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Cybercriminals leverage remote desktop protocol to brute force attacks
Tue, 9th Feb 2021
FYI, this story is more than a year old

Remote Desktop Protocol (RDP) attacks surged during 2020, and their severity should not be underestimated. That's the word from a new report by security firm ESET.

ESET data recorded a 768% increased in RDP attacks between Q1 and Q4 2020, driven by the shift to remote working and COVID-19.

ESET chief research officer Roman Kováč explains,  “RDP security is not to be underestimated especially due to ransomware, which is commonly deployed through RDP exploits, and, with its increasingly aggressive tactics, poses a great risk to both private and public sectors. As the security of remote work gradually improves, the boom in attacks exploiting RDP is expected to slow down – we already saw some signs of this in Q4.

RDP attacks leverage the common RDP protocol, which enables people to log on to a Windows-based device from a remote location. It is commonly used by some technical support staff to troubleshoot issues, however, it is largely unsecured and can be co-opted by cybercriminals.

According to the report,  RDP attacks per day grew in Q4 by 17%, but it was the lowest quarterly increase in 2020.

“Similarly, the volume of attack attempts on RDP continued to grow in Q4, adding another 40% compared to Q3.  Albeit a large figure, this is a significant slowdown against the extreme 140% growth observed between Q2 and Q3,” the report notes.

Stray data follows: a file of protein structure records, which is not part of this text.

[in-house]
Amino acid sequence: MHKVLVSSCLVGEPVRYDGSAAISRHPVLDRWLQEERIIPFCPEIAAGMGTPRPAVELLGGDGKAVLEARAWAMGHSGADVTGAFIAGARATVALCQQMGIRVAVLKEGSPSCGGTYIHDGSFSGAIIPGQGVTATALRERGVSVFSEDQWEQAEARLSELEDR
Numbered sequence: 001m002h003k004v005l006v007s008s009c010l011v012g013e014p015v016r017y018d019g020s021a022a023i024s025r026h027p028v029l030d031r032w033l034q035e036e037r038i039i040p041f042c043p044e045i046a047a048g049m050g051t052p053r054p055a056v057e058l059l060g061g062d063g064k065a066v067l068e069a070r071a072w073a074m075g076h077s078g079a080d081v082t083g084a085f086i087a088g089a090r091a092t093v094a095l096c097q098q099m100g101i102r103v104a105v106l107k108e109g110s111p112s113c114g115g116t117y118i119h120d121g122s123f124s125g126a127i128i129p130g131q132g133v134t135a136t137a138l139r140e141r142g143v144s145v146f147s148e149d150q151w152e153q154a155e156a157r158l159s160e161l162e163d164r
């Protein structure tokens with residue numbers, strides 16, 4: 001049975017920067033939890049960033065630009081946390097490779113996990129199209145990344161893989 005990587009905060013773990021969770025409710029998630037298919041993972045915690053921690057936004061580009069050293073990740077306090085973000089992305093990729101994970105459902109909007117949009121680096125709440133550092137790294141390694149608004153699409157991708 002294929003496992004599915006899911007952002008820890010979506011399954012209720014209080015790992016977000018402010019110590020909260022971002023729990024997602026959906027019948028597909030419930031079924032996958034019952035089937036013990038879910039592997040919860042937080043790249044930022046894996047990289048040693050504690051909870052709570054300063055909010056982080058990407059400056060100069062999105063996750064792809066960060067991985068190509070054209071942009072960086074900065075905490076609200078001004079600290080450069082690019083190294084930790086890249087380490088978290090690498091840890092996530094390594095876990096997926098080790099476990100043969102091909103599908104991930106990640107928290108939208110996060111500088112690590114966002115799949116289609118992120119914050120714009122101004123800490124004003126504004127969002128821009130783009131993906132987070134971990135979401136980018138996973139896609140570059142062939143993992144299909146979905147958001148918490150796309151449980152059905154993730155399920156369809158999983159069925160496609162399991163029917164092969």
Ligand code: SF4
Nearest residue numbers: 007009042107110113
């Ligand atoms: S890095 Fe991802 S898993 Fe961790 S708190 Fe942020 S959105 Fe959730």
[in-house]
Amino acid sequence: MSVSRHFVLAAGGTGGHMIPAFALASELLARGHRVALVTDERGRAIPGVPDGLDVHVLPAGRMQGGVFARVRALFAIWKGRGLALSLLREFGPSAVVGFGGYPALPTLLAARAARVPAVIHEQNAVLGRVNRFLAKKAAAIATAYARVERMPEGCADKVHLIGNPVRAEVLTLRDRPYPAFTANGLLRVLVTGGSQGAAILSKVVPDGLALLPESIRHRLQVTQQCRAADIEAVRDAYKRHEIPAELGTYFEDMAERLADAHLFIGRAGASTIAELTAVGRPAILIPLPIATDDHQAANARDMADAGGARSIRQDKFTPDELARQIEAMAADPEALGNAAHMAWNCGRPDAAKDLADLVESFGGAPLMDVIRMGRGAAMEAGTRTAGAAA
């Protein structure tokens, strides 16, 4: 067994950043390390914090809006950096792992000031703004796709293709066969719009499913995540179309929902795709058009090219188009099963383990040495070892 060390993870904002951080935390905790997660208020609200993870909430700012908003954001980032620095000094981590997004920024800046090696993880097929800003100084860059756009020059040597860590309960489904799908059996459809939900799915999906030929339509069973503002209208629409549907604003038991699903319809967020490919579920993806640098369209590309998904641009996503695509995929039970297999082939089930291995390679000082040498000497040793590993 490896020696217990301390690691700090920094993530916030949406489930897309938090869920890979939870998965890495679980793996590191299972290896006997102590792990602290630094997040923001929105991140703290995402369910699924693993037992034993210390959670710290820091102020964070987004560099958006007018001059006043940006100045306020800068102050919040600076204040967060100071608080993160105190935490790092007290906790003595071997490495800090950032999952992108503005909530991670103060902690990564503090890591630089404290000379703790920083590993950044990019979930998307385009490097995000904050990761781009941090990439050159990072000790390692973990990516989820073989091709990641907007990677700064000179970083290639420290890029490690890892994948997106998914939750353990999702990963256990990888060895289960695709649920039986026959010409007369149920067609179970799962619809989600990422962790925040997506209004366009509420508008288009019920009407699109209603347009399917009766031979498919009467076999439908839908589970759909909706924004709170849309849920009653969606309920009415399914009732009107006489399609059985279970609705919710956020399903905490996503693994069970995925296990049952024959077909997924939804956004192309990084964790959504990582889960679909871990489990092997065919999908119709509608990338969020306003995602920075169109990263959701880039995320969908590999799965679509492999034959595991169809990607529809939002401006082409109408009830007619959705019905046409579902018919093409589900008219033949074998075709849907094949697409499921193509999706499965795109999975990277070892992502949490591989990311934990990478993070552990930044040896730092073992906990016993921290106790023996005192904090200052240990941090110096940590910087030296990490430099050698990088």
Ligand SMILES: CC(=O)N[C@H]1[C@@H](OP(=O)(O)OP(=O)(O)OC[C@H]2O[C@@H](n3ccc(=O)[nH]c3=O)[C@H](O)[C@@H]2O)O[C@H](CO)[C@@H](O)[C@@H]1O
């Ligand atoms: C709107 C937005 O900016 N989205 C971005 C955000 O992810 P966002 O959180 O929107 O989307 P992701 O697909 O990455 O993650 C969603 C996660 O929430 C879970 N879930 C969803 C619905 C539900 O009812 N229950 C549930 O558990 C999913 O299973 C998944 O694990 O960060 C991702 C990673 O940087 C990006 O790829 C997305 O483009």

Overall, ESET detected 29 billion RDP brute-force attempts across 770,000 unique clients for the entire year.

Other findings from the report confirm what many security firms saw in 2020 - a rise in email threats that leveraged COVID-19, particularly regarding vaccine rollouts.

“With vaccination underway, we will still likely see crooks come up with new variations of threats — such as malicious websites and apps claiming to offer information on vaccine timelines or even vaccine registration,” the report states.

Furthermore, the major takedown of 94% of servers related to the TrickBot malware also had an impact on activity. ESET head of threat research Jean-Ian Boutin notes that TrickBot activity remains low to this day.

“TrickBot has infested over a million computing devices around the world since late 2016 and we have been tracking its activities since the beginning. In 2020 alone, our automatic platform analyzed more than 125,000 malicious samples and downloaded and decrypted more than 40,000 configuration files used by the different TrickBot modules, giving us an excellent viewpoint of the different C-C servers used by this botnet.

“In sum, from the beginning of the operation until October 18, 120 of the 128 servers identified as TrickBot infrastructure around the world were taken down.